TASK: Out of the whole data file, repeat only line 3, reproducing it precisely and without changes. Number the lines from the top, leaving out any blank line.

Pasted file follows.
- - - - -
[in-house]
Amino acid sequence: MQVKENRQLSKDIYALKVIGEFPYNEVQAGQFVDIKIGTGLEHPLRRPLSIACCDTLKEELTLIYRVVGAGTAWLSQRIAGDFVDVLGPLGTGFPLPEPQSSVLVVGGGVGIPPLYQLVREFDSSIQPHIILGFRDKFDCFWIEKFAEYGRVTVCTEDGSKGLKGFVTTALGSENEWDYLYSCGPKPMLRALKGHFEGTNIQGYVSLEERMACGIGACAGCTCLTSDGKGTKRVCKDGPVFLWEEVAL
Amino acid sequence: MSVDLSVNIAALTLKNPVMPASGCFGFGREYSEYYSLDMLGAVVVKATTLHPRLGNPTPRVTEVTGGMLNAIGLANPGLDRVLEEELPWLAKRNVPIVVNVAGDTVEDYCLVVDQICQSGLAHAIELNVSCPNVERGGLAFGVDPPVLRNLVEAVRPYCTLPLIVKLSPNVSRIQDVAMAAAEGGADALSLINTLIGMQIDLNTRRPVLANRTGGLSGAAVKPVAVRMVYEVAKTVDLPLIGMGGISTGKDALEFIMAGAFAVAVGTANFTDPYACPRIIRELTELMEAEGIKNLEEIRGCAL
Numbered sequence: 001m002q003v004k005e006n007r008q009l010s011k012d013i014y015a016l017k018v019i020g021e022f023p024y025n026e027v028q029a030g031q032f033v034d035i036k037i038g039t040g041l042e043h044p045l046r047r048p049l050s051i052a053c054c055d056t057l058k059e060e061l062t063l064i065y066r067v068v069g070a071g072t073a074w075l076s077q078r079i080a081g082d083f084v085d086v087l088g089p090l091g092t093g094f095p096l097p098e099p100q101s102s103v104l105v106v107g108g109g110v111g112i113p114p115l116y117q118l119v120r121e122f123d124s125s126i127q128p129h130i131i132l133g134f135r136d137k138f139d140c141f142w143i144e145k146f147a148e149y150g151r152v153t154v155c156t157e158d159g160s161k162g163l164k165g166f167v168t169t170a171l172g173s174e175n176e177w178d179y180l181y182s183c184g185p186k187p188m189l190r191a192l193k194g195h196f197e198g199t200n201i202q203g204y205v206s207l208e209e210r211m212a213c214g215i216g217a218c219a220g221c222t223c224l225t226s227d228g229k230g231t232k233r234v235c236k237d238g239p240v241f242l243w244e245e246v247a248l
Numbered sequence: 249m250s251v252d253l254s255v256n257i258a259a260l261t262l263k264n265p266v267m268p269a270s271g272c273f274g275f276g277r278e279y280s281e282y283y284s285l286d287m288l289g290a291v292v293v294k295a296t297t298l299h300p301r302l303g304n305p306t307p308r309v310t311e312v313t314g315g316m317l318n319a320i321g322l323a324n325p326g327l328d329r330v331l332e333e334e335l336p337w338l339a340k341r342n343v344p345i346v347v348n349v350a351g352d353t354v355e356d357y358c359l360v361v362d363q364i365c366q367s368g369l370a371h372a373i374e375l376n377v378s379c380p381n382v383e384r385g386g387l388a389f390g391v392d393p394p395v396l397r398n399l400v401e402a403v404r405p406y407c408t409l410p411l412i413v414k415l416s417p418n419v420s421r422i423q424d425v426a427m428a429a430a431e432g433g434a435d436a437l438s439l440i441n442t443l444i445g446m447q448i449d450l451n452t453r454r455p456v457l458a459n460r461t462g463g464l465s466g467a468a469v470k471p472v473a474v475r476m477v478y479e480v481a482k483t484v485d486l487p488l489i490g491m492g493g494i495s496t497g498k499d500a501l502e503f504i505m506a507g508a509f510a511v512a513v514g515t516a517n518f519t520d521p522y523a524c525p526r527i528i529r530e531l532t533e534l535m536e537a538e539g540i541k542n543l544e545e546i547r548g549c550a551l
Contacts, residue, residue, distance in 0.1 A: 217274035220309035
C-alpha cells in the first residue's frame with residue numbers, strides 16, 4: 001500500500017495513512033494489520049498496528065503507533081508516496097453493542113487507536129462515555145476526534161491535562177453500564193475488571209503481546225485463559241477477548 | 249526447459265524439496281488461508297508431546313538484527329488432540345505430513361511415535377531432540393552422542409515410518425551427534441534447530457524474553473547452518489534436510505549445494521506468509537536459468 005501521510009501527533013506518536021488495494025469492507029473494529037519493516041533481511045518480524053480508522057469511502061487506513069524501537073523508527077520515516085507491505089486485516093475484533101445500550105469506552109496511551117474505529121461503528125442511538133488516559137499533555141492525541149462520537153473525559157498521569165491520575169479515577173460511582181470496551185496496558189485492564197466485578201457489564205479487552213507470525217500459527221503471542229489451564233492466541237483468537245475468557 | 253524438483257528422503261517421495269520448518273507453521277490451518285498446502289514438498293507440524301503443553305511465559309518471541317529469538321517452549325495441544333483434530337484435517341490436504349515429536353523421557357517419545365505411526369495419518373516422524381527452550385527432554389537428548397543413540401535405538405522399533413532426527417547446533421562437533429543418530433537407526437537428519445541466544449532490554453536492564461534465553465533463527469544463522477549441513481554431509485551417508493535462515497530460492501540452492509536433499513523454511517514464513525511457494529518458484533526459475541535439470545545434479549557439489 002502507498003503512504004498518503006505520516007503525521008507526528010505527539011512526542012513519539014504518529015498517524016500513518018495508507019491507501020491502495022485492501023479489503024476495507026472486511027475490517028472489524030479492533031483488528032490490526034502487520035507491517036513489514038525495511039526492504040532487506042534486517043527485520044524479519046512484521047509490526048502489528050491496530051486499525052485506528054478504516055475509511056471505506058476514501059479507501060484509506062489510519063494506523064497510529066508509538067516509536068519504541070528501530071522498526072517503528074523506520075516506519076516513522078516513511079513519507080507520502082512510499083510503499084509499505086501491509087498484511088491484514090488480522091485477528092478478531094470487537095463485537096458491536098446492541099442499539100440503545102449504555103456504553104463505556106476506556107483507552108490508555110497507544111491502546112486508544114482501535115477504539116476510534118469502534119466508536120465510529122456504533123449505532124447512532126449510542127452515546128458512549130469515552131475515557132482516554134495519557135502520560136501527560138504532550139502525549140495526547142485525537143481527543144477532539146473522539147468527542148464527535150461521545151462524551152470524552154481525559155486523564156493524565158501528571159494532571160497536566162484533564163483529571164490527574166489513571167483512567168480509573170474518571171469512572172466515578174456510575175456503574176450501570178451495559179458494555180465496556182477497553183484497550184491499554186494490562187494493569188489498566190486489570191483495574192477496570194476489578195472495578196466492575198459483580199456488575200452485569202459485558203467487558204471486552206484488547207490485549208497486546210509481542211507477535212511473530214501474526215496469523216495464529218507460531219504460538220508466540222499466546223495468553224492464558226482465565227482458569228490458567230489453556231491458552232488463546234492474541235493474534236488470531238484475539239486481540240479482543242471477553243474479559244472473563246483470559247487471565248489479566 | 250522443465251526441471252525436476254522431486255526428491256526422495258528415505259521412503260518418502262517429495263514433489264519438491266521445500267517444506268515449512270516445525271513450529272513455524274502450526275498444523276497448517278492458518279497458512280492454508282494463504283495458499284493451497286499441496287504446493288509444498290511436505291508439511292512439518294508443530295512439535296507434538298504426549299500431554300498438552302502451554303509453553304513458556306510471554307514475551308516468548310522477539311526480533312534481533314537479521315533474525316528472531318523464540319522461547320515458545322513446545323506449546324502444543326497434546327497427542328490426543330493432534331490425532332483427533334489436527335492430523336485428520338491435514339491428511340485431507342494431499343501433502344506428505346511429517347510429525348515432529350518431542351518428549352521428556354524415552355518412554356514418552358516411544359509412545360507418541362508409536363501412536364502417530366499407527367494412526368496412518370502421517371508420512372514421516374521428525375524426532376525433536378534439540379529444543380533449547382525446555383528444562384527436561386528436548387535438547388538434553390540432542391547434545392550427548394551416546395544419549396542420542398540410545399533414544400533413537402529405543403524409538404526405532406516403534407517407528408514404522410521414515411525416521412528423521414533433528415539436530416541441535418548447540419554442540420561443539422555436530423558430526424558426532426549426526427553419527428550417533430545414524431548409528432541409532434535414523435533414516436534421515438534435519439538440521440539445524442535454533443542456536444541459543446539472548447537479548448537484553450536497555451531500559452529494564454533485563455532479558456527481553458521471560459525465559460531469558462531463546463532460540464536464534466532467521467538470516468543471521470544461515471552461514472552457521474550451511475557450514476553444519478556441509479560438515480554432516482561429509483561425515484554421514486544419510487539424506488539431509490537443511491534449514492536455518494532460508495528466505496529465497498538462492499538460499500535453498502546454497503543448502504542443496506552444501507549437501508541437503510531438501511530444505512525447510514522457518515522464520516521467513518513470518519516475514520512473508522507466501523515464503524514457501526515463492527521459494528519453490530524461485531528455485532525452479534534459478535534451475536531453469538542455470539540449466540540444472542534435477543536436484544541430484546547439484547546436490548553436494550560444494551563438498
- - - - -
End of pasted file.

Amino acid sequence: MSVDLSVNIAALTLKNPVMPASGCFGFGREYSEYYSLDMLGAVVVKATTLHPRLGNPTPRVTEVTGGMLNAIGLANPGLDRVLEEELPWLAKRNVPIVVNVAGDTVEDYCLVVDQICQSGLAHAIELNVSCPNVERGGLAFGVDPPVLRNLVEAVRPYCTLPLIVKLSPNVSRIQDVAMAAAEGGADALSLINTLIGMQIDLNTRRPVLANRTGGLSGAAVKPVAVRMVYEVAKTVDLPLIGMGGISTGKDALEFIMAGAFAVAVGTANFTDPYACPRIIRELTELMEAEGIKNLEEIRGCAL